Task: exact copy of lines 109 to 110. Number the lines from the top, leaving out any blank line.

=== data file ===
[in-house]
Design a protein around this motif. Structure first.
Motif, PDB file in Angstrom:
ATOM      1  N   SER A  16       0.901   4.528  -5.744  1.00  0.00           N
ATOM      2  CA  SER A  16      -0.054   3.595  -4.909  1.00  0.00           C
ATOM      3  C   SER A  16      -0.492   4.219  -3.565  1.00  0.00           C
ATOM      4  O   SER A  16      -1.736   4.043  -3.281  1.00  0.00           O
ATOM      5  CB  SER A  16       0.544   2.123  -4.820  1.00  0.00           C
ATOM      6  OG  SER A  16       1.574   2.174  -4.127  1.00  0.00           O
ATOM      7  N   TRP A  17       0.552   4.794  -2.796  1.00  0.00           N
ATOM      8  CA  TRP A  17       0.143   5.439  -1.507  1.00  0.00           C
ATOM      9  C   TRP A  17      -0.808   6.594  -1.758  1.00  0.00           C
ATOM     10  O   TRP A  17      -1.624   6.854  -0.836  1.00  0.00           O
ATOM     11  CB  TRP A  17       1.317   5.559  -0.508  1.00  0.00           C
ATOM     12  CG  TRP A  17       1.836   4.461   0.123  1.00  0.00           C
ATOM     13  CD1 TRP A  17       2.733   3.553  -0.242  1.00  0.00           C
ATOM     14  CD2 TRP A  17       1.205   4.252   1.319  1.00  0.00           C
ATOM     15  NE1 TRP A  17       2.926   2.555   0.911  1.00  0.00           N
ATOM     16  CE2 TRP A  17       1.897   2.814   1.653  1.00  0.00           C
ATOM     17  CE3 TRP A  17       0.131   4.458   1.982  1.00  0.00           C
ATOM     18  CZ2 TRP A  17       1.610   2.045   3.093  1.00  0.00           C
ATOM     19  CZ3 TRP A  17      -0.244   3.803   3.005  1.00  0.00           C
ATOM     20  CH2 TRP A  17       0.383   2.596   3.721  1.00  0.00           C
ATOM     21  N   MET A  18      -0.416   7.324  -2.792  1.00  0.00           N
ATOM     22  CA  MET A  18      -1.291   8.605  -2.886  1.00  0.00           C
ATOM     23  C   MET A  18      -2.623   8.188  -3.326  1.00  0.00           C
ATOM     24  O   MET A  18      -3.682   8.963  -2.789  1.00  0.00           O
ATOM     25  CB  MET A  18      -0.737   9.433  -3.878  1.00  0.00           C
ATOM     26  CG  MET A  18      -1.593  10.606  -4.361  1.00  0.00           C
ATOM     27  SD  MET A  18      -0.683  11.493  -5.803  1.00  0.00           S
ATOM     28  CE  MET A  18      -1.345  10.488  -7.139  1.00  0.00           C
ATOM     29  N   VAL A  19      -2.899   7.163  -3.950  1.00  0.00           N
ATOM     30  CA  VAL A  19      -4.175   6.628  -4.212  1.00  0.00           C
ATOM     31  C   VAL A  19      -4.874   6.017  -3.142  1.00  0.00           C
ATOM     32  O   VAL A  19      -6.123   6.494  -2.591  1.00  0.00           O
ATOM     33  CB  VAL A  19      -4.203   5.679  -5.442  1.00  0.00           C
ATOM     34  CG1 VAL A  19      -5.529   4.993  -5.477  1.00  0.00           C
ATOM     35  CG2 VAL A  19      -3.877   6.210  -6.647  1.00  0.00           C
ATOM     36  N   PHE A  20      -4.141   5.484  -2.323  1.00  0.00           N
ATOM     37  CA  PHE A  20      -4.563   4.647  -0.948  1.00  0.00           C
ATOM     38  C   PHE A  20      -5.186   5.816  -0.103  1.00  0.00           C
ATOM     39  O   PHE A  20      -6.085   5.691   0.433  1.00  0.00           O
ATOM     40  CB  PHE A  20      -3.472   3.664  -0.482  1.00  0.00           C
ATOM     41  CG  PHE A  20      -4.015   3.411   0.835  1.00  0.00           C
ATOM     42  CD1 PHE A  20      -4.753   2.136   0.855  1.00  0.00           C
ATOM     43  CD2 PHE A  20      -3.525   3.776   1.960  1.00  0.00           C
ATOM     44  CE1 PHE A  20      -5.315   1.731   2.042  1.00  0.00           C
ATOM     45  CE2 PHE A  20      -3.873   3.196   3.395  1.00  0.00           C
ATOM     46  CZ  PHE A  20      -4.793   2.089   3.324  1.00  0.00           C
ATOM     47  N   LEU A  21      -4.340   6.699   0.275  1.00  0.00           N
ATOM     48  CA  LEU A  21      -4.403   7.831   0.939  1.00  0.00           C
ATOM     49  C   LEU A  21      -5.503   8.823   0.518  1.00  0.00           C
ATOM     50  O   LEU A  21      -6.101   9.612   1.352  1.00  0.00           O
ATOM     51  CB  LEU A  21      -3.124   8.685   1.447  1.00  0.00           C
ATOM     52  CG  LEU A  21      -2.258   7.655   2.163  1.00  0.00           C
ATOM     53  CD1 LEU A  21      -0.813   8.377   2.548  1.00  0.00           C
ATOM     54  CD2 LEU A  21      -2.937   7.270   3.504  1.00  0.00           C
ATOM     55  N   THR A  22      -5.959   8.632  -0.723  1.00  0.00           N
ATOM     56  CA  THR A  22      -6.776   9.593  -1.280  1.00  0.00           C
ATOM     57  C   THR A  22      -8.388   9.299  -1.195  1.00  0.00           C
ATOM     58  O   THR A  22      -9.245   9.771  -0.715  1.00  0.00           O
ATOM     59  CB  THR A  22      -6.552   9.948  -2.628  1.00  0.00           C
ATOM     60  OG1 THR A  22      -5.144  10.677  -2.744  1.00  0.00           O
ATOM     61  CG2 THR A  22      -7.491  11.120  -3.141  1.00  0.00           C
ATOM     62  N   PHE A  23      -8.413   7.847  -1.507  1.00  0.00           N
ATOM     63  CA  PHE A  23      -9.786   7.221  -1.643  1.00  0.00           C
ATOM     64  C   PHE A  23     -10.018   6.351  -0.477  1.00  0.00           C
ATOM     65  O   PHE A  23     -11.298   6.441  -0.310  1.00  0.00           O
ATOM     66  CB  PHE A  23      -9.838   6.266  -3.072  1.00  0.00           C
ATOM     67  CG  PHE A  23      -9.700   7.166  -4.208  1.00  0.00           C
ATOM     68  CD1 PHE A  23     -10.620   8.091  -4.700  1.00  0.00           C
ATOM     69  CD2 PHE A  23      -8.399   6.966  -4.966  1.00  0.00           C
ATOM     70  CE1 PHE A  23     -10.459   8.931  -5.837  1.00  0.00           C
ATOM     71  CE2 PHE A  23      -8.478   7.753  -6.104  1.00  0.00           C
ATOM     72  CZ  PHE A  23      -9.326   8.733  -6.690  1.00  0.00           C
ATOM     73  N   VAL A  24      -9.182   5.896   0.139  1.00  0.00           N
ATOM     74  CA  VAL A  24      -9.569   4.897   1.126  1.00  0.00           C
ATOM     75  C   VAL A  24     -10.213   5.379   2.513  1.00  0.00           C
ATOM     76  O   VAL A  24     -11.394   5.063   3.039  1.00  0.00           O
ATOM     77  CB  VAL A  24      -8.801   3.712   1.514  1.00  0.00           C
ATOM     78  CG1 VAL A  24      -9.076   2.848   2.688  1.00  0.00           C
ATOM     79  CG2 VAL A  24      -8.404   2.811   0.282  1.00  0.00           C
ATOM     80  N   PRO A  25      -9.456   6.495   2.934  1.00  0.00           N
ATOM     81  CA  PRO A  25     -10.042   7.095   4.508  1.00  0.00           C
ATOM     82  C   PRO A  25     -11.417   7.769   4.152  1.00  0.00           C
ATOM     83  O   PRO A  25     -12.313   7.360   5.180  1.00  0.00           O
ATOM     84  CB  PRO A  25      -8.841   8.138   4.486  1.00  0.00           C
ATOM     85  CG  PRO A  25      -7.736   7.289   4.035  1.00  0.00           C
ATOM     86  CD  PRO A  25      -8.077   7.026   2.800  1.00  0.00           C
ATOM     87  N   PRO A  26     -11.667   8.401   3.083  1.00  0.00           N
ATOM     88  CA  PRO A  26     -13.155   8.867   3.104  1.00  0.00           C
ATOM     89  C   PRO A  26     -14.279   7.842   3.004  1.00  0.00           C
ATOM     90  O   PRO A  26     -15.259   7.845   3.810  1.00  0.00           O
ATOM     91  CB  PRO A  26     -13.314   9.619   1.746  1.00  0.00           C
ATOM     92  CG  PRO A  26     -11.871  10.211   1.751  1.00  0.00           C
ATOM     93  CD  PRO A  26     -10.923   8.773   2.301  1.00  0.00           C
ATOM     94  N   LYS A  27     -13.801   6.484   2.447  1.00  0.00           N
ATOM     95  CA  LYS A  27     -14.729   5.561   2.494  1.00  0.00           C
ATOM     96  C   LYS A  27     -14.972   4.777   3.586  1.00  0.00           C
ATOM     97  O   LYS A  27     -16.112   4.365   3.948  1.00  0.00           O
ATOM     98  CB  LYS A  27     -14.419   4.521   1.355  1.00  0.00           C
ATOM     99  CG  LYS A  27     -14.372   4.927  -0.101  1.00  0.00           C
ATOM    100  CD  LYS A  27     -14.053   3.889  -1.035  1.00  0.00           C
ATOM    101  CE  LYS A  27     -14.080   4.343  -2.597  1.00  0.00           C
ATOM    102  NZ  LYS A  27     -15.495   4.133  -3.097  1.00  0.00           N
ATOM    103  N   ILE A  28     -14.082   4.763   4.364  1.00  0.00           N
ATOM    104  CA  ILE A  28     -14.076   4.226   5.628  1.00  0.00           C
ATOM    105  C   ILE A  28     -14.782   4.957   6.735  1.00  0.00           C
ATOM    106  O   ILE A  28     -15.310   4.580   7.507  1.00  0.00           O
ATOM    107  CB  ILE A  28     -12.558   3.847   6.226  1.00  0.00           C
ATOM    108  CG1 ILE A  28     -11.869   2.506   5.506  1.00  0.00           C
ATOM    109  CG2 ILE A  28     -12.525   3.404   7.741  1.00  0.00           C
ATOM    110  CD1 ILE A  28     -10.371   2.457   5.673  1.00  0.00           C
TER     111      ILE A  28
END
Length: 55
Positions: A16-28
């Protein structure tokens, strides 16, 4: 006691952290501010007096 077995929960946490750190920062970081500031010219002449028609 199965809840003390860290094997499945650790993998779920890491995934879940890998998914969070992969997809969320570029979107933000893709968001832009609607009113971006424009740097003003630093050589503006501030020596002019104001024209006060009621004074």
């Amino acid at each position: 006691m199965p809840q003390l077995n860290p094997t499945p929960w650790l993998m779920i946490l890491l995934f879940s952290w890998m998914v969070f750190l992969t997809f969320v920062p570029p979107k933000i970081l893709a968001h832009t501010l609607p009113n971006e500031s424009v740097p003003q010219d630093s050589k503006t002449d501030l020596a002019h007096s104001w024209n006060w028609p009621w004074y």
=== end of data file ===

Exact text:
ATOM    106  O   ILE A  28     -15.310   4.580   7.507  1.00  0.00           O
ATOM    107  CB  ILE A  28     -12.558   3.847   6.226  1.00  0.00           C